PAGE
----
From a 45-year-old to the 20-something-year-olds.
This is the decade when you're going to start to learn who you can't trust. I wish there were a way around this, but I don't see one.
So, I want to give you a few thoughts to hang on to while you're walking through the weirdness of investing yourself in people, realizing your trust was misplaced, and then trying to get over that hurt into the next stage of your life.
As you try to figure out "adult you," you're going to land in different types of friendships. Those friendships might be platonic; they might be romantic; or they might involve older people who take on a coaching role in your lives.
Because adulthood can feel a little isolated sometimes (nobody is forcing you to sit in a classroom of your peers everyday, right?), it can be easy to get stuck in whatever friendships come to you in your first few years of starting out alone. You find yourself making do with the connections you already have because the world out there feels random and anonymous. I mean, where would you even begin with beginning all over again? That would take so much work. And who's to say you'll find anything better than what you have already?
So you start to overlook things. You adjust yourself to put up with more and more that isn't quite right. You ignore the fact that you have a headache every time you leave the house of that friend. You say, "Every relationship has stuff. This is just our stuff."
If you're in that cycle and feel sort of embarrassed that you have let your relationships get this bad, please don't beat yourself up. Finding trustworthy people is difficult. It's not like strangers come with a big warning sticker on their foreheads. Controlling boyfriends start out as Prince Charmings. Emotionally-abusive mentors start out as kind older people who project the confidence and wisdom to be able to help you grow. Toxic friendships begin over coffee with warm smiles and laughter.
One of the strangest quirks of adulthood is realizing that certain unhealthy people have managed to secure positions of power and influence in society. I remember how shocked (and even frightened) I was in my twenties when I realized that a couple of leaders others considered "heroes" were actually nasty and abusive people in private. I couldn't understand why the world continued to affirm them. I didn't understand why they hadn't been exposed. I felt small and helpless as I struggled to admit the truth to myself while the mighty force of those personas loomed so large. It was disorienting to stand on my own two feet, feeling pretty much alone, with the heavy task of saying, "No, this isn't right."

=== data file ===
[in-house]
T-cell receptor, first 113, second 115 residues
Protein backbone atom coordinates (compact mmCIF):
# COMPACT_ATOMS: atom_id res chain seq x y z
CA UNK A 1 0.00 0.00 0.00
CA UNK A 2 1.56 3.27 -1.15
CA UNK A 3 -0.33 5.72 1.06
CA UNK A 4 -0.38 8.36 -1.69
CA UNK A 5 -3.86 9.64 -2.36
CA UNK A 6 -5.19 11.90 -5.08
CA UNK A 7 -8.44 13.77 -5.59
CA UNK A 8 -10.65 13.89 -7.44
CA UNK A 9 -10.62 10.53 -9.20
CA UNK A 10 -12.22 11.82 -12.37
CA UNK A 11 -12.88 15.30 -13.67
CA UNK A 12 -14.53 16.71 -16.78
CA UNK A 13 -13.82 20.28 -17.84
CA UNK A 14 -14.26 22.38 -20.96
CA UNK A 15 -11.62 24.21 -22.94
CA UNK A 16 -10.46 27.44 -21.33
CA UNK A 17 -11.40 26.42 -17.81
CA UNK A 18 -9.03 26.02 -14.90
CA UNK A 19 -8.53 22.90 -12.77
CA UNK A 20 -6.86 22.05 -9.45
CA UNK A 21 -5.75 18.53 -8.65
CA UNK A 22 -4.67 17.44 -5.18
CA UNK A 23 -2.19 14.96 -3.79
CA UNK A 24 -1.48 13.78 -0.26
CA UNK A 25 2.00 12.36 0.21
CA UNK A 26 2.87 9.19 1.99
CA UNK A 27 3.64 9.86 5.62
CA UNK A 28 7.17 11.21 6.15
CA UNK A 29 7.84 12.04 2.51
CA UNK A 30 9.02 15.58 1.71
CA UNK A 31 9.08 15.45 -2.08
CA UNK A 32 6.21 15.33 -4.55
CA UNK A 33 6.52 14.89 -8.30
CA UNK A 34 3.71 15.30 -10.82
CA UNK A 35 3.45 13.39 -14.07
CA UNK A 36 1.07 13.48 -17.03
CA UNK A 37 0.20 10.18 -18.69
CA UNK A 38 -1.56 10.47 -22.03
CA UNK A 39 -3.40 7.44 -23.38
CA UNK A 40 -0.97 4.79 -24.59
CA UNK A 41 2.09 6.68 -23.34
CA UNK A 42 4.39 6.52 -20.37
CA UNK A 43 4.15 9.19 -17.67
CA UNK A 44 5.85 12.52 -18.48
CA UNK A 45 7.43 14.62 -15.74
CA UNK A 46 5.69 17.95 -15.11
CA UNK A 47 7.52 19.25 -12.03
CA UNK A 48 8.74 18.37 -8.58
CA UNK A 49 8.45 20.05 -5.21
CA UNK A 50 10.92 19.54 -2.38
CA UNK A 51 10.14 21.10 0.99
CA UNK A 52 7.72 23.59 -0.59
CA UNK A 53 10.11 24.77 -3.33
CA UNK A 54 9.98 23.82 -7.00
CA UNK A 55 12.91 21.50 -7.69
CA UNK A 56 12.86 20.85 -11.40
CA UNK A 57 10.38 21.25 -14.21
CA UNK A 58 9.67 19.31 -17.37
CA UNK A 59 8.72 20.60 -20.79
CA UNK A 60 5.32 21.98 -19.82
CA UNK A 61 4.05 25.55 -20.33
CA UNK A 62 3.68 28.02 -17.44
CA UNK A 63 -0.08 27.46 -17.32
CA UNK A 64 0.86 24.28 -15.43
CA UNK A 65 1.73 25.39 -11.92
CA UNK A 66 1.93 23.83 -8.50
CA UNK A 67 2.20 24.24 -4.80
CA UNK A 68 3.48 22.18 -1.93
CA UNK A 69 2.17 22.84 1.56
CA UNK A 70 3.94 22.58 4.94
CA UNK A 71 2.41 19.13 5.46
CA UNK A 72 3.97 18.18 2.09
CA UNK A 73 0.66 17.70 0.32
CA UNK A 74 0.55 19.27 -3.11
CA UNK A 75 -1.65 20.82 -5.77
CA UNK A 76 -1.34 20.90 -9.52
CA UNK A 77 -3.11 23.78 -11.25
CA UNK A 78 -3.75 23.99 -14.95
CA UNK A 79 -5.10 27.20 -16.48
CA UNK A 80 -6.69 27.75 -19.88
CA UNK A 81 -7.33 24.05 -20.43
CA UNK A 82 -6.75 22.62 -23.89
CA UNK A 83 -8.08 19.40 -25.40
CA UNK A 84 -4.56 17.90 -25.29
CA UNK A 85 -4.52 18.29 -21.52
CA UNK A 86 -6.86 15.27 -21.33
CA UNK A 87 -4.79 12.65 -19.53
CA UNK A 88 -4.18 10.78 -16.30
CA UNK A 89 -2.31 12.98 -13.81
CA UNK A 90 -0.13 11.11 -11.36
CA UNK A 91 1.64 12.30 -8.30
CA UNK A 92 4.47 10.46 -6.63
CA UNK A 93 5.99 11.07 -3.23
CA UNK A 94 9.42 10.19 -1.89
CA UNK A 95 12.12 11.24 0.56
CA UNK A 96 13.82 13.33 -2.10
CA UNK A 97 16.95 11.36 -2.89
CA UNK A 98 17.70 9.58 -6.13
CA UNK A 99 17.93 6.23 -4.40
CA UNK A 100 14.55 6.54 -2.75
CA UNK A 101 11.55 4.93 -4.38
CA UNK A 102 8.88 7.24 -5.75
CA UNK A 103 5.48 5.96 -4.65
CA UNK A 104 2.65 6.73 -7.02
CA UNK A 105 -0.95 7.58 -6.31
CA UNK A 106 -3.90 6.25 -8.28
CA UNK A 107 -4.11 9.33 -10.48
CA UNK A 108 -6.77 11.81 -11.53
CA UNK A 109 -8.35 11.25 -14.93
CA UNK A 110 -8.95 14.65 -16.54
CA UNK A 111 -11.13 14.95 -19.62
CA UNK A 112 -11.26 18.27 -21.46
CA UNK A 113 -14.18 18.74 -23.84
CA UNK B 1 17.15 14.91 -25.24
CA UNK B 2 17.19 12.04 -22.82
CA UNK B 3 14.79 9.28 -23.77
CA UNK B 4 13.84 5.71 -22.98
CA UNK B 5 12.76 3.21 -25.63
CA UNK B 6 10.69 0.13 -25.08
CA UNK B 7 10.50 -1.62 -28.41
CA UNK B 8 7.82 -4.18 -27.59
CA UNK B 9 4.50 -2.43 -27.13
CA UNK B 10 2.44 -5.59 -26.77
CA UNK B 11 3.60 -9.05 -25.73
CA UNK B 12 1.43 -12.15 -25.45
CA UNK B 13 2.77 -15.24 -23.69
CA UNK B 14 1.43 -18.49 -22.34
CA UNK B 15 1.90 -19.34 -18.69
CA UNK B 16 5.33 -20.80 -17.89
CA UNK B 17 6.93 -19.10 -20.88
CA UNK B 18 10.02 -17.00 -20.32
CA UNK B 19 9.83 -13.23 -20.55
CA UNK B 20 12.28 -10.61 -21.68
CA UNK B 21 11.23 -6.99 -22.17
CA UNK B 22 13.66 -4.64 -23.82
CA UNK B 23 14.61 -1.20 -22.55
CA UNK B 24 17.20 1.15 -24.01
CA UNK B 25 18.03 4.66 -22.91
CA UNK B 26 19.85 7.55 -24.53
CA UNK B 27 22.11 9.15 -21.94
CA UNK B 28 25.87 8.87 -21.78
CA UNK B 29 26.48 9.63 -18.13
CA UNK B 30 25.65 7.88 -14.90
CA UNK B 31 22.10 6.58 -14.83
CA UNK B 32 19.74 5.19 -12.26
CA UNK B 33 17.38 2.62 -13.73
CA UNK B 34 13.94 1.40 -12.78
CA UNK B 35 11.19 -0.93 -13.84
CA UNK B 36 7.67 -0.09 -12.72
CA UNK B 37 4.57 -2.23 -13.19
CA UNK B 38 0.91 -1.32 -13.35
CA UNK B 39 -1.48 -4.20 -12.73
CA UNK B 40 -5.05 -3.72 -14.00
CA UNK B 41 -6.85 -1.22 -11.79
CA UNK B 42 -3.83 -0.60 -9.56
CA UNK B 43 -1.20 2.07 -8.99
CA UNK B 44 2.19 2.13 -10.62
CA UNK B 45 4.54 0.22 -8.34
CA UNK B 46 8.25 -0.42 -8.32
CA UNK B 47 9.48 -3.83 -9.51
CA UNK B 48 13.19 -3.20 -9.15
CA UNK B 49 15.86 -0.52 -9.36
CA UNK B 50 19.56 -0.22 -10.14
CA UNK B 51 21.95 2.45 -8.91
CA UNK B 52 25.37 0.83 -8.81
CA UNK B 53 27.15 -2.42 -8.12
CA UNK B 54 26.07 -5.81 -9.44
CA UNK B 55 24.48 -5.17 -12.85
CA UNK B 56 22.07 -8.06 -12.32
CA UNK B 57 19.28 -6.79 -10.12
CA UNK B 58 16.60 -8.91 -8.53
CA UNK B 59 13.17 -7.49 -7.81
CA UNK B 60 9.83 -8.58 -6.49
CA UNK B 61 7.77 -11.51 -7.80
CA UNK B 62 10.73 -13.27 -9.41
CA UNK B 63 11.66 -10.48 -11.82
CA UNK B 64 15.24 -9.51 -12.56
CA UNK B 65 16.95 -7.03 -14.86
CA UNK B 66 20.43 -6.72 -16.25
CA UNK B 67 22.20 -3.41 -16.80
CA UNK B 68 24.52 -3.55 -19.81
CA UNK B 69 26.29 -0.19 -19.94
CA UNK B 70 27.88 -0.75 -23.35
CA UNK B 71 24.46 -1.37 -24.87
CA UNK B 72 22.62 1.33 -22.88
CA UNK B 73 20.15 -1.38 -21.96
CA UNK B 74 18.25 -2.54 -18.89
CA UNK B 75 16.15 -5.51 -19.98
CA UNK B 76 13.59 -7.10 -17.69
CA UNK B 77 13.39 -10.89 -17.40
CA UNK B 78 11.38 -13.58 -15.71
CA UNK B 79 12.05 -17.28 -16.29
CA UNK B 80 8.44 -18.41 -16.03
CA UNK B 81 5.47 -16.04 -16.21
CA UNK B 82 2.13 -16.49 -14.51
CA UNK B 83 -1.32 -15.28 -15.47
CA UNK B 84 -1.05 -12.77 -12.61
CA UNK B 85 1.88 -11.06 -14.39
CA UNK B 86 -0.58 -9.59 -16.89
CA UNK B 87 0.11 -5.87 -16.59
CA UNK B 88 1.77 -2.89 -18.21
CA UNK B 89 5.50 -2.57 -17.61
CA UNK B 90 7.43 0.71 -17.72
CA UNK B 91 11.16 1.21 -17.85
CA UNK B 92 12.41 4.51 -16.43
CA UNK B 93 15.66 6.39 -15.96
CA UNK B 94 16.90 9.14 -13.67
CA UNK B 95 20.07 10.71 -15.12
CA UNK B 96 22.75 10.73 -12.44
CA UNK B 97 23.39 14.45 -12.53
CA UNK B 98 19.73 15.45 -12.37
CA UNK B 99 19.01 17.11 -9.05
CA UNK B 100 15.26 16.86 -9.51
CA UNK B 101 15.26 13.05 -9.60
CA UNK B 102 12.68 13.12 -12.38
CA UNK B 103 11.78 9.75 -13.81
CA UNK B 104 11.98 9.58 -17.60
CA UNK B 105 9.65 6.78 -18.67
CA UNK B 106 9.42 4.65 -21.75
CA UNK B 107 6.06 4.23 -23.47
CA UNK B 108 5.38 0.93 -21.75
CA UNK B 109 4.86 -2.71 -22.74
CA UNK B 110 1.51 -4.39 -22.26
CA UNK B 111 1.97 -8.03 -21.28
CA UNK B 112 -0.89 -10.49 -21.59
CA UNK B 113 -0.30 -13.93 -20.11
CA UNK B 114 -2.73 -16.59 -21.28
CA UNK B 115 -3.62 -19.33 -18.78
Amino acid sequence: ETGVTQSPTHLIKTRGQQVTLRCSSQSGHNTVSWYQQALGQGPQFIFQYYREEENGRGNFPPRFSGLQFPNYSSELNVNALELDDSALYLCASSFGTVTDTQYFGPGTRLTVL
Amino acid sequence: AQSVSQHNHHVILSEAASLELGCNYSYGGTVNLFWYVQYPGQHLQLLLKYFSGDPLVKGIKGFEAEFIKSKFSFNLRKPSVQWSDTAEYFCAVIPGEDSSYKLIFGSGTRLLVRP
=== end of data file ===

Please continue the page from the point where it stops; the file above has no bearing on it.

I'm sorry that this often comes with the territory of being in your twenties. Maybe it will help to have someone who is older tell you that you aren't crazy if you find yourself there.
Also, you're not stupid if you've invested your heart into an intense relationship that has become weird and unhealthy. If you have slowly become trapped by emotional manipulation, abusive criticism, narcissism, or disrespect, know you aren't alone.
So many of us went through this in some form in our twenties. For some of us, getting over it felt like the end of the world. But I want you to know that you're going to grow from this pain. This heartbreak is going to make you wiser and more discerning. Someday it's going to help you help others who find themselves trapped in bad relationships.
This pain will also help you clarify what you actually believe. These sharp hits of the chisel are knocking off bits of confusion in your worldview. You're finding out what you value. You're finding out what is worth fighting for. You're finding out where you stop giving in and where you draw the line to say, "No more." Those are vital discoveries.
Lastly, I want you to know that it's possible to have friendships that are healthy. I get it if you need to be cynical and defensive for a while. That's a normal reaction after getting hurt like this. But when the grieving time is over, know that the world is an awfully big place.
When I was devastated over what didn't work in my twenties, I couldn't have anticipated the richness of new friendships that would form in my thirties and forties. Yeah, I've had some disappointments later in life as well. But I've also found generous friends who are worthy of trust--people who love me selflessly, who fight for me, who put up with me, who believe the best of me, and who make my life so much richer. So don't let six or seven rotten eggs determine what you believe about 7.6 billion.
The wounds you have received in this stage are making you smarter and stronger. Don't feel shame over what didn't work. Just own your scars--we all have them. Name what you've learned. Mourn what you need to mourn. And get back in the game. Twenty-something is good. But there's a lot more good life to live at thirty-something, forty-something, beyond.